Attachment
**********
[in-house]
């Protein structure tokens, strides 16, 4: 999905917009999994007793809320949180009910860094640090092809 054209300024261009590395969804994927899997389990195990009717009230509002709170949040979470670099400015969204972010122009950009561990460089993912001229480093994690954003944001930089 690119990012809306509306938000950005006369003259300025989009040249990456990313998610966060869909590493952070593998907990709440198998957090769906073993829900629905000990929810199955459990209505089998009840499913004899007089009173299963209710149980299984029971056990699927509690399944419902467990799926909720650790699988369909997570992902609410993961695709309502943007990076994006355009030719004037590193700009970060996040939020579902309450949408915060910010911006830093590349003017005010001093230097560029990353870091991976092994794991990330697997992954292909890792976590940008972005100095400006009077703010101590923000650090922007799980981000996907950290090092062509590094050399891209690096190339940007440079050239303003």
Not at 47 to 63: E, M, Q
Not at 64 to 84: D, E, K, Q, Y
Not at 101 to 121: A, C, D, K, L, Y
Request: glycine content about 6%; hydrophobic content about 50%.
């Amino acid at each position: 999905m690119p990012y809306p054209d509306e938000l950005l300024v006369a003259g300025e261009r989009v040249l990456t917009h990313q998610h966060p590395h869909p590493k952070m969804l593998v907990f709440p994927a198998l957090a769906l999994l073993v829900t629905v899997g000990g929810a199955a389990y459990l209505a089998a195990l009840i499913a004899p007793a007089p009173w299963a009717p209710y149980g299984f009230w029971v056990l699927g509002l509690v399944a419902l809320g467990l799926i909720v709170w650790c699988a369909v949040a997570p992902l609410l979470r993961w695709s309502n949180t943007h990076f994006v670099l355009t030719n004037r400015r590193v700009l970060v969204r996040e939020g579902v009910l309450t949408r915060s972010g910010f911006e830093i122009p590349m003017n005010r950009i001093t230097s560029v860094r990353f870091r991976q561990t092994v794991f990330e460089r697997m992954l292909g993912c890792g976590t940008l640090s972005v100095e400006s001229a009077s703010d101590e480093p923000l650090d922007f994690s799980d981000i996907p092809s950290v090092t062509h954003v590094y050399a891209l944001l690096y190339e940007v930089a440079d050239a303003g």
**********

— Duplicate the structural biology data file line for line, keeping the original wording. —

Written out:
[in-house]
């Protein structure tokens, strides 16, 4: 999905917009999994007793809320949180009910860094640090092809 054209300024261009590395969804994927899997389990195990009717009230509002709170949040979470670099400015969204972010122009950009561990460089993912001229480093994690954003944001930089 690119990012809306509306938000950005006369003259300025989009040249990456990313998610966060869909590493952070593998907990709440198998957090769906073993829900629905000990929810199955459990209505089998009840499913004899007089009173299963209710149980299984029971056990699927509690399944419902467990799926909720650790699988369909997570992902609410993961695709309502943007990076994006355009030719004037590193700009970060996040939020579902309450949408915060910010911006830093590349003017005010001093230097560029990353870091991976092994794991990330697997992954292909890792976590940008972005100095400006009077703010101590923000650090922007799980981000996907950290090092062509590094050399891209690096190339940007440079050239303003």
Not at 47 to 63: E, M, Q
Not at 64 to 84: D, E, K, Q, Y
Not at 101 to 121: A, C, D, K, L, Y
Request: glycine content about 6%; hydrophobic content about 50%.
């Amino acid at each position: 999905m690119p990012y809306p054209d509306e938000l950005l300024v006369a003259g300025e261009r989009v040249l990456t917009h990313q998610h966060p590395h869909p590493k952070m969804l593998v907990f709440p994927a198998l957090a769906l999994l073993v829900t629905v899997g000990g929810a199955a389990y459990l209505a089998a195990l009840i499913a004899p007793a007089p009173w299963a009717p209710y149980g299984f009230w029971v056990l699927g509002l509690v399944a419902l809320g467990l799926i909720v709170w650790c699988a369909v949040a997570p992902l609410l979470r993961w695709s309502n949180t943007h990076f994006v670099l355009t030719n004037r400015r590193v700009l970060v969204r996040e939020g579902v009910l309450t949408r915060s972010g910010f911006e830093i122009p590349m003017n005010r950009i001093t230097s560029v860094r990353f870091r991976q561990t092994v794991f990330e460089r697997m992954l292909g993912c890792g976590t940008l640090s972005v100095e400006s001229a009077s703010d101590e480093p923000l650090d922007f994690s799980d981000i996907p092809s950290v090092t062509h954003v590094y050399a891209l944001l690096y190339e940007v930089a440079d050239a303003g």